One of the major misconceptions about the White House press secretary’s role is to assume that he has more power than he really does. Because he is always the president’s public face, we assume that he is our window into the White House and is a top level policy official or, at least, the one who knows what is doing on. Nothing could be further from the truth.
McClellan’s book is neither right nor wrong. It is just ill-informed. In the Clinton White House, for example, Mike McCurry, perhaps the best press secretary of our generation, never attended white house political strategy meetings. At first, he wasn’t invited. And then, he said he didn’t want to know what he couldn’t talk about. Finally, Clinton insisted that he attend.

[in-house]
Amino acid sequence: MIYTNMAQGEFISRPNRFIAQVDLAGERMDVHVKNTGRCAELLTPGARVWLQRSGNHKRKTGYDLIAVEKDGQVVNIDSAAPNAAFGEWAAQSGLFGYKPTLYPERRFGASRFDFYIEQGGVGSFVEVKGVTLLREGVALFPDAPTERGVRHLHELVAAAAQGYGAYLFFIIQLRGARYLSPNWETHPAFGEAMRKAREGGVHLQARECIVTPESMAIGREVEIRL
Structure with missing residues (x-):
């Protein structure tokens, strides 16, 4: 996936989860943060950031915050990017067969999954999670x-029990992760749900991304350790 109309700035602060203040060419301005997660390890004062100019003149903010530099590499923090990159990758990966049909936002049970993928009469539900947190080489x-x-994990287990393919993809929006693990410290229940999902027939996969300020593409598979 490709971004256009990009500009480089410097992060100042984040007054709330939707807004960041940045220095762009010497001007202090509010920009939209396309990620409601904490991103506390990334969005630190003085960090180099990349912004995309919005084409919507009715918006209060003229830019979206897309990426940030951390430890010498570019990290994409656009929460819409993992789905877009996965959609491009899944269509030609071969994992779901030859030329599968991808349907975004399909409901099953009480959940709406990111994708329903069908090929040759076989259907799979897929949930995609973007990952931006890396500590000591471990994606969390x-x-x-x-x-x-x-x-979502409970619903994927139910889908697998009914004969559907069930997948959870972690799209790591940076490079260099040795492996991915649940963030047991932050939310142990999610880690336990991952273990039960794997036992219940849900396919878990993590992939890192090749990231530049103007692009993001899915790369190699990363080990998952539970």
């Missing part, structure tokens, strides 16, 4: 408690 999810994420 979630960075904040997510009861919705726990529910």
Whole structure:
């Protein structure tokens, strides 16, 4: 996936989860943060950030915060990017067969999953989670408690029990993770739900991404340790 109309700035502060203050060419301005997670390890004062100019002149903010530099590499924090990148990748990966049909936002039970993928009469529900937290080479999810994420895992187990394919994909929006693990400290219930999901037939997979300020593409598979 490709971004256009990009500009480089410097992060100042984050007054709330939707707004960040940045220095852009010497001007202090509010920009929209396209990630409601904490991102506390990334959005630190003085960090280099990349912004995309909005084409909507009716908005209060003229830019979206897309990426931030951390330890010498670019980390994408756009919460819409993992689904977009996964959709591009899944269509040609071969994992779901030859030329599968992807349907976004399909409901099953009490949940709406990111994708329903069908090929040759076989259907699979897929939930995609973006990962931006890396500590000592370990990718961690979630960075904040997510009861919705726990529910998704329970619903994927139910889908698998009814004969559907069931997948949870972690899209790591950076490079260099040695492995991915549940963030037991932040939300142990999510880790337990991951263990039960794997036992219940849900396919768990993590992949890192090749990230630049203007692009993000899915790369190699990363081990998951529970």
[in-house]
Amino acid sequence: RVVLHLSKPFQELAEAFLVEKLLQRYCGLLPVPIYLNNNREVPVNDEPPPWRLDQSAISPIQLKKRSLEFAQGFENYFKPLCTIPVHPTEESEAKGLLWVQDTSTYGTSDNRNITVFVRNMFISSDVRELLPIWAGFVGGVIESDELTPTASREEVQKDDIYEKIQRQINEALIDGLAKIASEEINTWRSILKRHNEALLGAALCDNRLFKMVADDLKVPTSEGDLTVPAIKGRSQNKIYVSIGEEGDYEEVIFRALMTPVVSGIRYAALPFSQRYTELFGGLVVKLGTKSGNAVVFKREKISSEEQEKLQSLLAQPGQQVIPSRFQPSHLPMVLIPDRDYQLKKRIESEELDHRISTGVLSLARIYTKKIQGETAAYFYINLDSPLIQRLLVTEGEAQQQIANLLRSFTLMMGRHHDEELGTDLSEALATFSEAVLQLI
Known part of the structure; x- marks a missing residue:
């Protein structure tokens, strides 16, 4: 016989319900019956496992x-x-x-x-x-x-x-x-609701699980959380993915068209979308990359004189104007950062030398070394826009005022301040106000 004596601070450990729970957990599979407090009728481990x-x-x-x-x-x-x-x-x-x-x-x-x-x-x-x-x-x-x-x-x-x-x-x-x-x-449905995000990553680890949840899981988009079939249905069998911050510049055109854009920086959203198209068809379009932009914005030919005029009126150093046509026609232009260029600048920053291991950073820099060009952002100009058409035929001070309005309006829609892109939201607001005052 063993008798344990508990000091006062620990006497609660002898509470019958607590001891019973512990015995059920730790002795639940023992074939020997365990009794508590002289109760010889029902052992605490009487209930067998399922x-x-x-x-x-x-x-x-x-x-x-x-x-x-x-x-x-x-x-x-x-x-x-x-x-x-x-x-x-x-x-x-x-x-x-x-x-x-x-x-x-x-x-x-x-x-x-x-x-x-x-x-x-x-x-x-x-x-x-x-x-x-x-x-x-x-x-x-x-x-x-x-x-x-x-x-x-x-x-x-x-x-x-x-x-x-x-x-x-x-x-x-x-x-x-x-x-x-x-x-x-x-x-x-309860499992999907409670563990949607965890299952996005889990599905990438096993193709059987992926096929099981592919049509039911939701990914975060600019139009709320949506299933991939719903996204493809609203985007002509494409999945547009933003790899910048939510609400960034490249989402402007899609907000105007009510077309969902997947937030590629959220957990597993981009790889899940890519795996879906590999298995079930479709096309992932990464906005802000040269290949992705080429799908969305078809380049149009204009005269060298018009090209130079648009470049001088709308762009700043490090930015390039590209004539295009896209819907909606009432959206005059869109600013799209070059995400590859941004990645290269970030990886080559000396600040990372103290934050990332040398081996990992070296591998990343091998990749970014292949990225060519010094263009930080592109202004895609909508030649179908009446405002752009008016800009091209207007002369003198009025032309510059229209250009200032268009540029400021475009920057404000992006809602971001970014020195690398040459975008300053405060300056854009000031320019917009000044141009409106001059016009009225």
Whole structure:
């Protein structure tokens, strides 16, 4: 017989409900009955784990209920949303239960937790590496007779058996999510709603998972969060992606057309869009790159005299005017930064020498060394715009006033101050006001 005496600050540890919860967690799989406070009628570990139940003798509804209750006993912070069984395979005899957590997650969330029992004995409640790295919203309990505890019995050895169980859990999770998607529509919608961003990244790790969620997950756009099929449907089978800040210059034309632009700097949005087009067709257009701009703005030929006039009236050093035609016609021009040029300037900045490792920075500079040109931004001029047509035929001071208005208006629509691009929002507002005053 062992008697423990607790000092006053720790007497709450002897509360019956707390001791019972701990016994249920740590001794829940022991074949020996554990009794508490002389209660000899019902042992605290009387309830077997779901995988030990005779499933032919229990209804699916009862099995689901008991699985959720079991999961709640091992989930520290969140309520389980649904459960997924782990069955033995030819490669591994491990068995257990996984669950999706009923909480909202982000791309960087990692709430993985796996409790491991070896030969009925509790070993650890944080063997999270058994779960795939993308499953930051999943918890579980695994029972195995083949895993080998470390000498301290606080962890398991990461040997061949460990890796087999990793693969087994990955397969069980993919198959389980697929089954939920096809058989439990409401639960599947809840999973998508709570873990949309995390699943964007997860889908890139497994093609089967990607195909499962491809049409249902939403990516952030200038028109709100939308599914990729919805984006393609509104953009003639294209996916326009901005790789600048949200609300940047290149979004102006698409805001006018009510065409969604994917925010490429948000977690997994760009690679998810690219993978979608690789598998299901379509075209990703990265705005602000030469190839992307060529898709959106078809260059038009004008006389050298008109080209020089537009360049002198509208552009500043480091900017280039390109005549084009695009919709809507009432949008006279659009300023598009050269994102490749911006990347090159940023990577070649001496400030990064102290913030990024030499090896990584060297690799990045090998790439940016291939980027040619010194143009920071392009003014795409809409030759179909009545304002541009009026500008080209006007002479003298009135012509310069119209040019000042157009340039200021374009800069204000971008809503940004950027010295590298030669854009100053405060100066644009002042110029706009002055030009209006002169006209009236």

In the Bush White House, where policy on defense and national security issues is likely more divorced from political strategizing than it was in the Clinton Administration, the press secretary is two steps removed. The political types are kept out of national security issues and the press secretary isn’t privy to either the national security process or the political strategy.
To grasp the limitations on the role of the White House Press Secretary, think of him as the media’s ambassador to the White House, rather than as the president’s ambassador to the media. Thinking of the job this way reveals how much of an outsider the typical press secretary usually is.